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CHEONG SOO PIENG (1947-1983)
PROPERTY FROM AN IMPORTANT BRITISH PRIVATE COLLECTION
CHEONG SOO PIENG (1947-1983)

Seated Lady

Details
CHEONG SOO PIENG (1947-1983)
Seated Lady
signed and dated 'SOO PIENG 52' (upper right)
oil on canvas
80.5 x 61 cm. (31 3/4 x 24 in.)
Painted in 1952
Provenance
Private Collection, United Kingdom

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Jacky Ho (何善衡)
Jacky Ho (何善衡) Head of Evening Sale

Lot Essay

"I went (to) Bali on a sketching trip, and there I was fascinated by the scenery and by the Balinese women." – Cheong Soo Pieng

Cheong Soo Pieng’s works of the early 1950s are considered extremely rare and most important, with the artist only producing about a handful of oil paintings each year during this period, making them highly sought after by collectors around the world. Painted in 1952, the seminal year of the four Nanyang artist’s landmark journey to Bali, Seated Lady depicts a Balinese woman in a quiet moment of contemplation, her head resting softly on one knee. Surrounding her are various elements relating to everyday life: a bokor filled with offerings, an intricately carved architectural panel and sculpture of the guardian spirit Bhoma, all articulated in fine detail, expressing his interest in the rich material culture of the Balinese people. We know from his private collection of souvenirs from his encounters with the various ethnic communities of the region during Cheong’s travels, that these objects were a deep and meaningful source of inspiration. Indeed, looking at some of the works towards the end of his career, such as Sarawak Ladies, we see a heightened resurgence in his interest towards local cultural artefacts and practices as evidenced by the attention to detail paid to the sarong pattern and traditional accessories such as ear weights and tapung eno (traditional headdress), signalling that this was not merely a romanticisation of other cultures, but a deep respect and understanding of them.

Cheong's representations of Southeast Asia were often populated with the forms of women, whose comfort and ease in their natural form and beauty provided an exotic and refreshing base of artistic inspiration. Traditionally, women formed the core of domestic life and provided Cheong with a greater comprehension of practices of the cultures he so keenly observed. Looking at Seated Lady, the lone figure takes up the greatest part of the picture, reinforcing her centrality. Figures at rest are an iconic visual trope frequently revisited by the artist, due partially to his desire to achieve a subject in a relaxed a state, but also as a signifier of the hard work and labour of the people that Cheong sought to capture in his work.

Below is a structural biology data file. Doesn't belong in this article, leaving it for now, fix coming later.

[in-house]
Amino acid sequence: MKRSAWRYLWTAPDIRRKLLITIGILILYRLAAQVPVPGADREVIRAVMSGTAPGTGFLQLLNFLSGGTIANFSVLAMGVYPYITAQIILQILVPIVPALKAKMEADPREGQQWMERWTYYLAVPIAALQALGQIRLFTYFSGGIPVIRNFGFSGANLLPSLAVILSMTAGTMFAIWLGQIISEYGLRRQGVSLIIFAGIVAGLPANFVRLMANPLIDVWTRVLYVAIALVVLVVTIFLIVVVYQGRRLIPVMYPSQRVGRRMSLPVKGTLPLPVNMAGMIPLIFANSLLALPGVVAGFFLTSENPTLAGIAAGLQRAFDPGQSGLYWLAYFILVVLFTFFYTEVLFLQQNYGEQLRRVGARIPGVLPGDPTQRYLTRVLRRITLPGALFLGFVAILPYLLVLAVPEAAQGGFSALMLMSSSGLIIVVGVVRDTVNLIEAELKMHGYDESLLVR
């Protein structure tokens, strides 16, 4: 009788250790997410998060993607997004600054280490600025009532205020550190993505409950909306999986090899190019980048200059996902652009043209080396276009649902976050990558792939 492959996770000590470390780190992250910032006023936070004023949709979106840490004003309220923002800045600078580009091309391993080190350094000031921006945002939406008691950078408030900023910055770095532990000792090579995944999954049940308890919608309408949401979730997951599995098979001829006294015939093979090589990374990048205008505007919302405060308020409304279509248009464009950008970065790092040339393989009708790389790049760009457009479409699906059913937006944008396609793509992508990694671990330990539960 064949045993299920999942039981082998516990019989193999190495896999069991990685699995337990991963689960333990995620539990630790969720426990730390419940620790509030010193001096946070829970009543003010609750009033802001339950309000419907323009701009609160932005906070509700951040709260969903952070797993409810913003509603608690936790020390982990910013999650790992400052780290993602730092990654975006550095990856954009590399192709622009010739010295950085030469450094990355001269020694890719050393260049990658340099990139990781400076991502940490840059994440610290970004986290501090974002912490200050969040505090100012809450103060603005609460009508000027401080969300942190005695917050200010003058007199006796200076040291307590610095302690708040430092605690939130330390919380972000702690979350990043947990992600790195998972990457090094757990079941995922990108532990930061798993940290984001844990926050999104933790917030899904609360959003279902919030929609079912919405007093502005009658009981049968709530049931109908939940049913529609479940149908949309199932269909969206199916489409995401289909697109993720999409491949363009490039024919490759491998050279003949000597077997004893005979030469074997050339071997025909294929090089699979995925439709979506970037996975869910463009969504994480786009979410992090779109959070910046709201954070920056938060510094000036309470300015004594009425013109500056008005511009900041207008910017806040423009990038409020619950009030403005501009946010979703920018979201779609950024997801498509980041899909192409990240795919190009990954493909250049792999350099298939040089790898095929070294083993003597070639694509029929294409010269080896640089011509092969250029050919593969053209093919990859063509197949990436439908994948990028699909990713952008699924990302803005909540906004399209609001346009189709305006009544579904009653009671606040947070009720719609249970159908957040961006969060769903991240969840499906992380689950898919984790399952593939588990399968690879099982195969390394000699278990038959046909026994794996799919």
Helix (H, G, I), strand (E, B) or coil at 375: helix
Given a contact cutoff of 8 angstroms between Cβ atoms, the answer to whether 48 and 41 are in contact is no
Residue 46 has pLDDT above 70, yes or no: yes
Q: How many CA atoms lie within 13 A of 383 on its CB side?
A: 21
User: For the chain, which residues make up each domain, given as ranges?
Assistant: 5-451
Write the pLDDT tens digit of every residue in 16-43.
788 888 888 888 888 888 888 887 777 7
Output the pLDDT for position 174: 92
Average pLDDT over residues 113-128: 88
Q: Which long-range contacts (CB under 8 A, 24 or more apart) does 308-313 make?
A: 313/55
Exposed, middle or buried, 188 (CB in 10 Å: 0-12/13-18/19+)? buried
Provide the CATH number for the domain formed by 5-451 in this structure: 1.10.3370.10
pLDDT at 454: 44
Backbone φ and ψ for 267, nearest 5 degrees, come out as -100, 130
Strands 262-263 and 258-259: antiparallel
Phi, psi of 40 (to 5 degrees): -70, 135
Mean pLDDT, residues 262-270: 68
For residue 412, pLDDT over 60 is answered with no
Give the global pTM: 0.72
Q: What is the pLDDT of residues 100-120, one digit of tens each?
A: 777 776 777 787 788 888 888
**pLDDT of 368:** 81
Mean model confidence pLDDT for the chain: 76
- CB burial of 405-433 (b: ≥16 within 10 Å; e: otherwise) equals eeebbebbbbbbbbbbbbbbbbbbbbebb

In Seated Lady, the Balinese architectural element carved with a floral motif acts as a repoussoir, which Cheong combines with diagonal outline of the raised platform that the bokor is placed on to link our space with the figure’s, drawing us into her world. The female subject strikes an enthralling form with contours delineated in fluid and elegant strokes, while the textural elements around her contrast with the expansive smoothness of her skin, accentuated through strong vivid tones. The work also exhibits Cheong’s expert knowledge of colour, with a harmonious energy achieved through his bold use of brightly-hued tones of vermillion in the background and in the intricate motif of the bokor to complement the cooler tones of the figure’s mauve sarong. The heavy use of black is a hallmark of Cheong’s style during this period, signalling the influence of Western Modern movements such as Fauvism, Surrealism and Cubism. The mask-like features of the figure in Seated Lady achieved through strong outlines and harsh contrasts parallels that of Henri Matisse’s nudes, while the broad areas of relatively flat colours that display subtle variations seem to draw inspiration from the painting technique of Paul Gauguin. The spatial order of intermingling panes of colour hints at the Cubist movement developed by artists like Pablo Picasso and Georges Braque. However, this did not mean Cheong tried to mimic the work of Western artists, but rather only appropriated aspects that suited his own purposes in order to achieve a unique personal style.

Seated Lady demonstrates Cheong’s ability to masterfully combine colour, form and expression, establishes the artist's distinct contribution to the Nanyang Style, and affirms his sensitivity and respect towards the traditions and people of the Southeast Asian region. Fresh to market, this work marks the beginning of Cheong’s lifetime of continuous innovation and experimentation, which would pave the way for future developments and artistic breakthroughs throughout his career, earning him his place as one of the foremost artists of his generation.

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